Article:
Some possible signs that a teenager might be subjected to dating violence include emotional out- bursts, mood swings, personality changes, unex- plained scratches and bruises, failing grades, truancy, dropping out of high school, substance abuse and heavy drinking, and an unwanted pregnancy. Teen- age girls often believe that abuse is normal because their friends experience it too; their boyfriend’s con- trolling behaviors and use of force is actually an expression of romantic interest; there is no one they can turn to for help; and they must solve their relationship problems on their own (ACADV, 2011). Victims often blame themselves and feel anx- ious, angry, depressed, isolated, confused, helpless, humiliated, and frightened about an escalation in the use of force (NCVC, 2011a).

When young women are seriously harmed, once again the question arises, “Why does she stay?” Clearly, some reasons married women cite as most important do not apply to dating: remain- ing together for the sake of the children, depending on the husband financially, or believing that a failed marriage is shameful and divorce is wrong. So other explanations need to be tested. Perhaps some young women tolerate abuse because rules and behavioral limits in romantic relationships currently are in a state of flux as traditional norms are challenged and rejected. Other women battered during court- ship may interpret fits of jealous rage as signs of his intense feelings and deep devotion. Still others may consider violence within intimate relationships to be acceptable because they were mistreated as chil- dren or their parents behaved abusively toward each other. A small percentage might even feel comfort- able being dominated by a “virile” young man.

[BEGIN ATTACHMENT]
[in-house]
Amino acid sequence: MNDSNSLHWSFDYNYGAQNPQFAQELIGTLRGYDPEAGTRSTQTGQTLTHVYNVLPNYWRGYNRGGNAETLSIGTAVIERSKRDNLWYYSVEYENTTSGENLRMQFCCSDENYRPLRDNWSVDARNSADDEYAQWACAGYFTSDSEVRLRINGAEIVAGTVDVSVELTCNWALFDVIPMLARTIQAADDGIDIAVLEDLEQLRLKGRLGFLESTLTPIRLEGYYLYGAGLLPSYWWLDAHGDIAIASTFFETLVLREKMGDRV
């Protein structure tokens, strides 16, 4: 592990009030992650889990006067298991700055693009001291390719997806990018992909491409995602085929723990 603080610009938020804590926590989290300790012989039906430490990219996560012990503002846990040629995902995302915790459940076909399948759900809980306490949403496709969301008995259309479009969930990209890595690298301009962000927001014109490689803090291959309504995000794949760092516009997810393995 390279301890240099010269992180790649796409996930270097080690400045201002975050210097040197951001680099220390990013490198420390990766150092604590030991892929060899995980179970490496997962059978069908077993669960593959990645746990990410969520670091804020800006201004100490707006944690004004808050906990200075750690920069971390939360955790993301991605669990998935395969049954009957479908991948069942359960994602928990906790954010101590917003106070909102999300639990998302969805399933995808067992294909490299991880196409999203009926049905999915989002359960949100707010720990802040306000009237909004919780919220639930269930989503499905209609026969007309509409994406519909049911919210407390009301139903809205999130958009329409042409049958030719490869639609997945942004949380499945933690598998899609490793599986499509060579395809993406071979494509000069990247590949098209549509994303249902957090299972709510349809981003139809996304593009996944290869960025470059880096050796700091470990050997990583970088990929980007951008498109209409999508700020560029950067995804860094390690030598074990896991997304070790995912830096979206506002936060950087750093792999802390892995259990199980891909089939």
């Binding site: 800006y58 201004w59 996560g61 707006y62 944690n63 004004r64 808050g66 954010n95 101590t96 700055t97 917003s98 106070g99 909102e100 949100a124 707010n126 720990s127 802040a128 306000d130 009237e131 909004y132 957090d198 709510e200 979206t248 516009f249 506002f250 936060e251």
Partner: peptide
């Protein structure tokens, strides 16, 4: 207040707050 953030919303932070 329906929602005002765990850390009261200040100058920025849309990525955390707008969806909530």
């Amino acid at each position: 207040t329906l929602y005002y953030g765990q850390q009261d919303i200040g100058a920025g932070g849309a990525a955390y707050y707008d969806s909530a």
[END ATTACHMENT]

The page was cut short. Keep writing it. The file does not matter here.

Even when the female is the aggressor and the male is the target, or when mutual combat breaks out, the adversaries are not evenly matched, and it is not a fair fight. Young men have several advantages—larger size, greater strength, and better hand-to-hand combat skills—that protect them from serious harm and endanger their girlfriends’ well-being. Because male-initiated violence is

more frequent and more serious, it is not the female’s problem alone. Prevention and education programs involving discussions, role playing, and decision-making exercises are presented in high schools and teen centers. Serious incidents caused by dysfunctional behaviors lead to group counseling for troubled couples and ultimately problems with the authorities for the aggressors (see Makepeace, 1981; Laner and Thompson, 1982; Allbritten and Allbritten, 1985; Stets and Pirog-Good, 1987; Demaris, 1992; Follingstad et al., 1992; O’Keefe and Trester, 1998; Joyce, 2004; and Cornelius and Ressiguie, 2007).